Letter from České Velenice-Gmünd
České Velenice is one of those places that you look at on a map and wonder how such an oddity can even exist. A small town, tucked away in a south-eastern corner of Bohemia, České Velenice is boxed-in on three sides by the Austrian border. Not only that, but it is also situated right next to the far larger Austrian town of Gmünd.
Velenice is built as a series of long grid-like roads. A thick line of train tracks block off one side of the border. On the other side are number of apartment blocks. The centre of this former industrial town is basically a long road that runs along the river border. In the middle of this road lies a shiny new footbridge that can be crossed to get from one town – and country – to the other. The centre of Gmünd is a good fifteen minutes walk away. I found the contrast between the two sides to be rather disquieting for the year 2015. České Velenice serves as a potent reminder that a border town in this part of the country carries with it considerable emotional baggage. For one, there is the Sudeten past – the Czech residents were expelled following the 1938 Munich Agreement. Then the German-speaking ones were expelled following the end of the Second World War. For 40 years, České Velenice was sealed off from its neighbour by the Iron Curtain.
A local lady told me how border guards were stationed in the forests all around, meaning locals couldn’t even take their dogs for a walk. Of course, sometimes, she added, once they got to know you, exceptions could be made. Czechs from the rest of the country would require a permit to even come here. And so, far from serving as a cultural interchange, this part of the country (as with much of the Czech western border areas) atrophied economically, culturally – as a backwater on the edge of nowhere.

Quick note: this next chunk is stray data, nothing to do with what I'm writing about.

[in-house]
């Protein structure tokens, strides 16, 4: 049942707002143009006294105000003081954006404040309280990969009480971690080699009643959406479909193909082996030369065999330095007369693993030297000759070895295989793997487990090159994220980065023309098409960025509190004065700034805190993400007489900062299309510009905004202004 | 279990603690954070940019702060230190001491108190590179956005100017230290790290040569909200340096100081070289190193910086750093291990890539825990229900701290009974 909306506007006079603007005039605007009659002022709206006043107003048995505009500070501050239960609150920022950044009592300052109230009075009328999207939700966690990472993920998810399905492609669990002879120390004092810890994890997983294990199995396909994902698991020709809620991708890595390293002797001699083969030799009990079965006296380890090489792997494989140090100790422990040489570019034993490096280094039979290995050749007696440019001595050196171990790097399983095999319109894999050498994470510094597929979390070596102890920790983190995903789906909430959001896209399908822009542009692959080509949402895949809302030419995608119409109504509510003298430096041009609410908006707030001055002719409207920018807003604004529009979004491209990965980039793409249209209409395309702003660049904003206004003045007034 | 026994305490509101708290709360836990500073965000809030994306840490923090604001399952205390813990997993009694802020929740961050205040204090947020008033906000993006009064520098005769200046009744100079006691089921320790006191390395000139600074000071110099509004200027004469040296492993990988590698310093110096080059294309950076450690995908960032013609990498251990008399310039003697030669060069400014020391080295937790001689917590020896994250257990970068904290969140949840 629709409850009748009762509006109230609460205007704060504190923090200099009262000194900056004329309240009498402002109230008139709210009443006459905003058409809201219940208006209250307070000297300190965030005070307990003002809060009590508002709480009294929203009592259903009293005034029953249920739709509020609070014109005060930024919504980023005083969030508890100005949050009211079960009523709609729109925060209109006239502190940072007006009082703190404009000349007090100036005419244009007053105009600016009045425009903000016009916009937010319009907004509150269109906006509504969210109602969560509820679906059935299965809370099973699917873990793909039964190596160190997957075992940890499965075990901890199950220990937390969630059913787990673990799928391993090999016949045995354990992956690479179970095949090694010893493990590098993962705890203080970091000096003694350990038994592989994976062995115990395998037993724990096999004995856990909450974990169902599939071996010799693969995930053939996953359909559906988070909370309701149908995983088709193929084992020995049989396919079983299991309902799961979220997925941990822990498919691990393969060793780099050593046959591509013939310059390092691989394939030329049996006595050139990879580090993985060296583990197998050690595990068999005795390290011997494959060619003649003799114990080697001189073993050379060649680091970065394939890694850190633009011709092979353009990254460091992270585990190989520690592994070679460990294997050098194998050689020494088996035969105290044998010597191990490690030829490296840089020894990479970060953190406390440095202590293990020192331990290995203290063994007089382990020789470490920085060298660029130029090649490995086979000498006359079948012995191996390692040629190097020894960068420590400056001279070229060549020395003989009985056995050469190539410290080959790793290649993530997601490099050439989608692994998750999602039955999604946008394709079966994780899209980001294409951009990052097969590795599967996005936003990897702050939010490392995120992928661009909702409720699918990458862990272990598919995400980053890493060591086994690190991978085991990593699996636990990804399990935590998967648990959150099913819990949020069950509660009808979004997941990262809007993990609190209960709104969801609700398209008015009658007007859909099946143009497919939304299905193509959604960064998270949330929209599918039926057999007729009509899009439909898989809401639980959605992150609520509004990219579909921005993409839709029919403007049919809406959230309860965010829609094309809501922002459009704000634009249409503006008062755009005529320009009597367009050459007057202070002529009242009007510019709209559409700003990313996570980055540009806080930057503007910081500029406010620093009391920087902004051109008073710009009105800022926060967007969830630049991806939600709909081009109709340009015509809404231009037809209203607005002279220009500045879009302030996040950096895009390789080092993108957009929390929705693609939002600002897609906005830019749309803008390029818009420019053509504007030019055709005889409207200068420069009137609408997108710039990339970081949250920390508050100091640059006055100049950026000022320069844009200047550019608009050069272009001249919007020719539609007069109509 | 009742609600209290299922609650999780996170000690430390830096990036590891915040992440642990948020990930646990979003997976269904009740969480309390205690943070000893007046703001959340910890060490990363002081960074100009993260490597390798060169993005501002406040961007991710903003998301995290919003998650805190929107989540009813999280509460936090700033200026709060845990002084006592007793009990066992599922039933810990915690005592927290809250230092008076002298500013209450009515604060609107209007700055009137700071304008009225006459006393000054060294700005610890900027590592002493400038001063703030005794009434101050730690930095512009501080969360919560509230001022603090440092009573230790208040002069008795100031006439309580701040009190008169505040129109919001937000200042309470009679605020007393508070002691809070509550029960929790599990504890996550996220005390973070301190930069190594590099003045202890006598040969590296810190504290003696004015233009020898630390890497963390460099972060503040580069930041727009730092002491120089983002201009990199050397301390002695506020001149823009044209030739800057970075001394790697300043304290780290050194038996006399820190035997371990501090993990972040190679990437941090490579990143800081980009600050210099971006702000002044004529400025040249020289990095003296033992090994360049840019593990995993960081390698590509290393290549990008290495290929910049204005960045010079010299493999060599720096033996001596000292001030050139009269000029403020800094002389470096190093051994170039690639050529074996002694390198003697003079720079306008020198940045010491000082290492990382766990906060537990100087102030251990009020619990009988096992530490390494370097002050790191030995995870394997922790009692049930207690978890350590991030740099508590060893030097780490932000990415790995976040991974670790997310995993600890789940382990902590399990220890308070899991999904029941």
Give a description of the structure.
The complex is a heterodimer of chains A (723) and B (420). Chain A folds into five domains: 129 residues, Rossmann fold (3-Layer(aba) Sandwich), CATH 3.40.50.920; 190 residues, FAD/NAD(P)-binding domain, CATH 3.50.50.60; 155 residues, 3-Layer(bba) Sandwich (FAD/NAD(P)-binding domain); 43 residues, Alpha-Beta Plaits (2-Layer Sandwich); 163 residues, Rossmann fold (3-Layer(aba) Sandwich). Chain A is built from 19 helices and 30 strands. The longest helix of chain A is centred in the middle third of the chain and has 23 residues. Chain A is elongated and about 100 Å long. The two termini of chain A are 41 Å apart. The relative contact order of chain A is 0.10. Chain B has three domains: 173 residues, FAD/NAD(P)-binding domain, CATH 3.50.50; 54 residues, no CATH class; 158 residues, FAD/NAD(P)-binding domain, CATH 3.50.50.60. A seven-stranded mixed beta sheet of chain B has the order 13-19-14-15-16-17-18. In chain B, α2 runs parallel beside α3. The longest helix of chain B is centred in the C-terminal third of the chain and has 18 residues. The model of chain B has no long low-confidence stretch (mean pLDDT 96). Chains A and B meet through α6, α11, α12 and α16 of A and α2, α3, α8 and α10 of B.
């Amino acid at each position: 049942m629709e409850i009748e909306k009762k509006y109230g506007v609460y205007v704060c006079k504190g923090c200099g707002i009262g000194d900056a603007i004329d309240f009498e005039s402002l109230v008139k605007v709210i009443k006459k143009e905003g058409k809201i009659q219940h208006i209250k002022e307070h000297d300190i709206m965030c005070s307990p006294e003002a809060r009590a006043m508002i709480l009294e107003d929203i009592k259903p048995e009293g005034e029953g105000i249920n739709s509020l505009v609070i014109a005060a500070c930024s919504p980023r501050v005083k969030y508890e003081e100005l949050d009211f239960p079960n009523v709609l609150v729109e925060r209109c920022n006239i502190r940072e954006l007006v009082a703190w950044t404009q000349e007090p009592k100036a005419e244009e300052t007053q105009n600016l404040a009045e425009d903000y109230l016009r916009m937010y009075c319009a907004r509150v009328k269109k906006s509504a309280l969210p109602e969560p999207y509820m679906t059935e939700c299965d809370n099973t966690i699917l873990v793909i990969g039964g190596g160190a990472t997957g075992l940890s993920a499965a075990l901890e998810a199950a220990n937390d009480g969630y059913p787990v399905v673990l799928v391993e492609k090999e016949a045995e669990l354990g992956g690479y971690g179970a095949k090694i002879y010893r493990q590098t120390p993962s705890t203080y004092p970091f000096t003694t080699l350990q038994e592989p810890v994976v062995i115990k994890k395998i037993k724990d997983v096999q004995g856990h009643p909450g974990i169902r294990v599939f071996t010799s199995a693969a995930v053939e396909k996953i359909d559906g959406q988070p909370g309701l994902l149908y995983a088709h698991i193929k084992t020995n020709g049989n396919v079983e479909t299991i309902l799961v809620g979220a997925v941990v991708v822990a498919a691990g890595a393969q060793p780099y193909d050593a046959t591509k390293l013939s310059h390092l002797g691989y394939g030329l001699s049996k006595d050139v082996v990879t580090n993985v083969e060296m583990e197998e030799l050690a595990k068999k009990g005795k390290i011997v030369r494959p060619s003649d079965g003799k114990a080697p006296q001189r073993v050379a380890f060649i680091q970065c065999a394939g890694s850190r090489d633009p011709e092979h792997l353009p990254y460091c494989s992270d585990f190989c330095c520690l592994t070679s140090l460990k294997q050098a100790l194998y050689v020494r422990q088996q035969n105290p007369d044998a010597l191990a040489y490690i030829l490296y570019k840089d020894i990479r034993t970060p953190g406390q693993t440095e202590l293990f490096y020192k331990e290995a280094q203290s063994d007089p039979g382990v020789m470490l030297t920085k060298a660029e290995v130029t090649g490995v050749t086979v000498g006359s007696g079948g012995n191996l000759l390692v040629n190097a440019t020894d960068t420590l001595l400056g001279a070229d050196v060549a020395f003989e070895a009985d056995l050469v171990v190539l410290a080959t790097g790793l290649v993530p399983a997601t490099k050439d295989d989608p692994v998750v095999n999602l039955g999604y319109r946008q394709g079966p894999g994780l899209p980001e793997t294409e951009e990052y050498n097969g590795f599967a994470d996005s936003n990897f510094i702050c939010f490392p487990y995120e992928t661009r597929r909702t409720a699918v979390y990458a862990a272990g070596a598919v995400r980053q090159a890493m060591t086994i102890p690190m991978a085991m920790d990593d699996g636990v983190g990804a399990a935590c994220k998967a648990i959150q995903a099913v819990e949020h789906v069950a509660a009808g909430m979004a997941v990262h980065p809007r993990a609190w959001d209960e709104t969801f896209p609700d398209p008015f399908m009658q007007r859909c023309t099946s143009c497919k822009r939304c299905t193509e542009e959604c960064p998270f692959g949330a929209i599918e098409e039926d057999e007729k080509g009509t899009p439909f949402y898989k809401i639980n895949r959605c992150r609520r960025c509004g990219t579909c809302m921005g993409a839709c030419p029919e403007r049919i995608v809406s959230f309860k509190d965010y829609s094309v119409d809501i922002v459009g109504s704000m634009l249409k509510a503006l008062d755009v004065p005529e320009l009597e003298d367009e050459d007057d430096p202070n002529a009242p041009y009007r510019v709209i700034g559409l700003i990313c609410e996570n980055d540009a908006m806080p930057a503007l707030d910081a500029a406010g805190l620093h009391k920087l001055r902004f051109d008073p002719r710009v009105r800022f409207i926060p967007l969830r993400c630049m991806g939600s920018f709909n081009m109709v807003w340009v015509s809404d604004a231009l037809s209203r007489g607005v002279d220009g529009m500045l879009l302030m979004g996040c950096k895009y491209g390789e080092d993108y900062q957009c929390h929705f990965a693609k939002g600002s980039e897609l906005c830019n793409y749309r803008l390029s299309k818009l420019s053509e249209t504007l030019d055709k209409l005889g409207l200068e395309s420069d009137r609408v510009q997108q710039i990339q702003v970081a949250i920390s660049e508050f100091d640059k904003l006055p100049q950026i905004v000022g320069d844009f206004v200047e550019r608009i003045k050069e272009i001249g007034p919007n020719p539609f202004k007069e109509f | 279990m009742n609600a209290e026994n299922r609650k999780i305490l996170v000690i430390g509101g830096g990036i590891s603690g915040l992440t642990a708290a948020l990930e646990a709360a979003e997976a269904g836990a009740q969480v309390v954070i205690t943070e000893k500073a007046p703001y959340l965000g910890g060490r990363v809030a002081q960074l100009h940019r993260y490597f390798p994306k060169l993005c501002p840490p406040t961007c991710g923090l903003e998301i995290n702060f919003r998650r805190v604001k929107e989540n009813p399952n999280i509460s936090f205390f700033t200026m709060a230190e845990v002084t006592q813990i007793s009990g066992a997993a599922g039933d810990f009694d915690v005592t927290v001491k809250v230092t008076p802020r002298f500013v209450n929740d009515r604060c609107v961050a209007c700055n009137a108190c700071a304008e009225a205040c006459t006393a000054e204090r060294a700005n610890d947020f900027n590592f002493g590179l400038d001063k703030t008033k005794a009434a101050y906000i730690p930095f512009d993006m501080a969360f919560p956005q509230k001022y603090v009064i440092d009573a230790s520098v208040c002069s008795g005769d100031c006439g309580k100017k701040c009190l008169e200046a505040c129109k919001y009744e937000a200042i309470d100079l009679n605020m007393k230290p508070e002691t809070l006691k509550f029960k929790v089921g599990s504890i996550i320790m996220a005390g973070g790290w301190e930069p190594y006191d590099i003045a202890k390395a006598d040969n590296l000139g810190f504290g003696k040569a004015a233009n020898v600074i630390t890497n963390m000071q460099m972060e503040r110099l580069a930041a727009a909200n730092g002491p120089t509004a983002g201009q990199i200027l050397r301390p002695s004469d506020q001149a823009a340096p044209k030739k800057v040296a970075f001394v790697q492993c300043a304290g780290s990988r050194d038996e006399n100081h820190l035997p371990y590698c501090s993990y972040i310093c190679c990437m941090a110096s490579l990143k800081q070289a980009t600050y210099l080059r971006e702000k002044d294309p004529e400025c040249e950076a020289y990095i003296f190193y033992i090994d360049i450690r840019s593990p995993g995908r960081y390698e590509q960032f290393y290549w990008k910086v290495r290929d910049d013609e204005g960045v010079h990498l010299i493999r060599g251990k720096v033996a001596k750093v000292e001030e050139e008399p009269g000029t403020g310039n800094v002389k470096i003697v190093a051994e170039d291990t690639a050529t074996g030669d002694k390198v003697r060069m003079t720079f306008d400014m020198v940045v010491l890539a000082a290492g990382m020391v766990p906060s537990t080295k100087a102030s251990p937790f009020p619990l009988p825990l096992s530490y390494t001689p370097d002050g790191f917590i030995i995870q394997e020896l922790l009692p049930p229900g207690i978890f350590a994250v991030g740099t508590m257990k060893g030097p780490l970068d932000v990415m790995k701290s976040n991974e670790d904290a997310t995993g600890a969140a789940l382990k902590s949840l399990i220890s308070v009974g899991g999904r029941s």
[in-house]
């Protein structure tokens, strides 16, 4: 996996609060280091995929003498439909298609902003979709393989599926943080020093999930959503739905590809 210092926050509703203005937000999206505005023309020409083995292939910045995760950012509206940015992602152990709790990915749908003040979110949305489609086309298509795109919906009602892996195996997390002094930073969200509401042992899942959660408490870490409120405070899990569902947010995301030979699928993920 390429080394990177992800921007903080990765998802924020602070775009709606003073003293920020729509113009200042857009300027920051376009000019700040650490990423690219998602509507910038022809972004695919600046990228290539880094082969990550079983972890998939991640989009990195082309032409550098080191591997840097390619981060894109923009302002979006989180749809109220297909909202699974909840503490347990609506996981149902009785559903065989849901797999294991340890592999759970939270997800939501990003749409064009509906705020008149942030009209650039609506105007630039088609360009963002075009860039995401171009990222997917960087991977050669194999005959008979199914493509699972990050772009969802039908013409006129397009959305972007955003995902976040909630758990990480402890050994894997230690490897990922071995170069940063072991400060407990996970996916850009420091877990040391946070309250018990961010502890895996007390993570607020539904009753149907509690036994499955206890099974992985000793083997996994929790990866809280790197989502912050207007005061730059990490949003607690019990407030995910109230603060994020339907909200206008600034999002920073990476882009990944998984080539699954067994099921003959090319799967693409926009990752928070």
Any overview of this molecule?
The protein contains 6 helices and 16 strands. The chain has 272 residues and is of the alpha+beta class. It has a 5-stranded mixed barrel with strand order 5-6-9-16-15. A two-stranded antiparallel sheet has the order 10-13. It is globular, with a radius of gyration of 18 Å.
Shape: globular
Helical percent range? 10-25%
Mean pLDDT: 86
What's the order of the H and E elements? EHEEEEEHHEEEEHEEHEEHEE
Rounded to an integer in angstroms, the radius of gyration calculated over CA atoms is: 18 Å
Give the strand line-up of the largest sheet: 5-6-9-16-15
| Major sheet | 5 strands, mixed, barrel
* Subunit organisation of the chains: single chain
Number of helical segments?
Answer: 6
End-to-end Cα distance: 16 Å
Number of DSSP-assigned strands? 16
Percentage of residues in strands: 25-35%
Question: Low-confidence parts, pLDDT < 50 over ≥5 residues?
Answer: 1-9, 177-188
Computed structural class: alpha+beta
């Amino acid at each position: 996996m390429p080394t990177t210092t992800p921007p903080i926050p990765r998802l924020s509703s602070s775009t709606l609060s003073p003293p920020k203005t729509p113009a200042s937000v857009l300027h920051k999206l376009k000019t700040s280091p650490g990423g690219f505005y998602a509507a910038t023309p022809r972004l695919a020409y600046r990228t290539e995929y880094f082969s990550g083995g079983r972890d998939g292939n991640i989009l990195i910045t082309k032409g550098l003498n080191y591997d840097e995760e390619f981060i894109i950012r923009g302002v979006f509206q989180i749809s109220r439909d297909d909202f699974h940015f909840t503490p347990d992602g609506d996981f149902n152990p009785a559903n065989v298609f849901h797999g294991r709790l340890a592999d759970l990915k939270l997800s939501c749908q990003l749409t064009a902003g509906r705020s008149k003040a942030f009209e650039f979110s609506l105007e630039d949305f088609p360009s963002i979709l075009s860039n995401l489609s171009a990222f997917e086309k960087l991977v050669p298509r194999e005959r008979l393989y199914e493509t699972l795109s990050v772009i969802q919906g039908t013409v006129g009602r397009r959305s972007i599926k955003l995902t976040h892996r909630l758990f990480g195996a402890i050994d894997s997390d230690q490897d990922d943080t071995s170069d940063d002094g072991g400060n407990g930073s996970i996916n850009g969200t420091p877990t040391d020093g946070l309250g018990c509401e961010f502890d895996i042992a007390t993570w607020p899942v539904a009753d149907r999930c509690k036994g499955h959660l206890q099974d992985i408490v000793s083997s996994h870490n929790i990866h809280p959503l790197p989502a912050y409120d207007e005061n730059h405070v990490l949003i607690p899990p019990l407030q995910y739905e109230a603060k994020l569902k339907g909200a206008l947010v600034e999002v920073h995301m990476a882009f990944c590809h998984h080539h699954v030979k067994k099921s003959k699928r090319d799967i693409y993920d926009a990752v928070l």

Just for fun, I crossed back into what suddenly felt like the “wild east” Czech Republic not over the footbridge but across a field on the edges of both towns. I tried to find some trace of where the barbed wire might have been, but that was long gone. As I walked back to the České Velenice train station, I tried my hardest to shake off any sense of infectious fatalism about the Czech Republic: “It’s getting better,” I told myself over and over again, “It just takes time, but gradually it is getting better.” Later on, I looked at the České Velenice website, which featured countless local activities, and even boasted of a Czech-Austrian business park – and yes, even little porcelain bells and fridge magnets on offer at the town’s information centre emblazoned with an image of České Velenice! The Czech-Austrian Fenix Community Centre also has its own website. It features a rich schedule of concerts, film clubs, children’s craft centres; one regular event it highlights is called “Tvoření s Ivkou” – a course for adults run by a Czech lady on how to make decorations from recycled items. Fatalism is too easy. It really is getting better...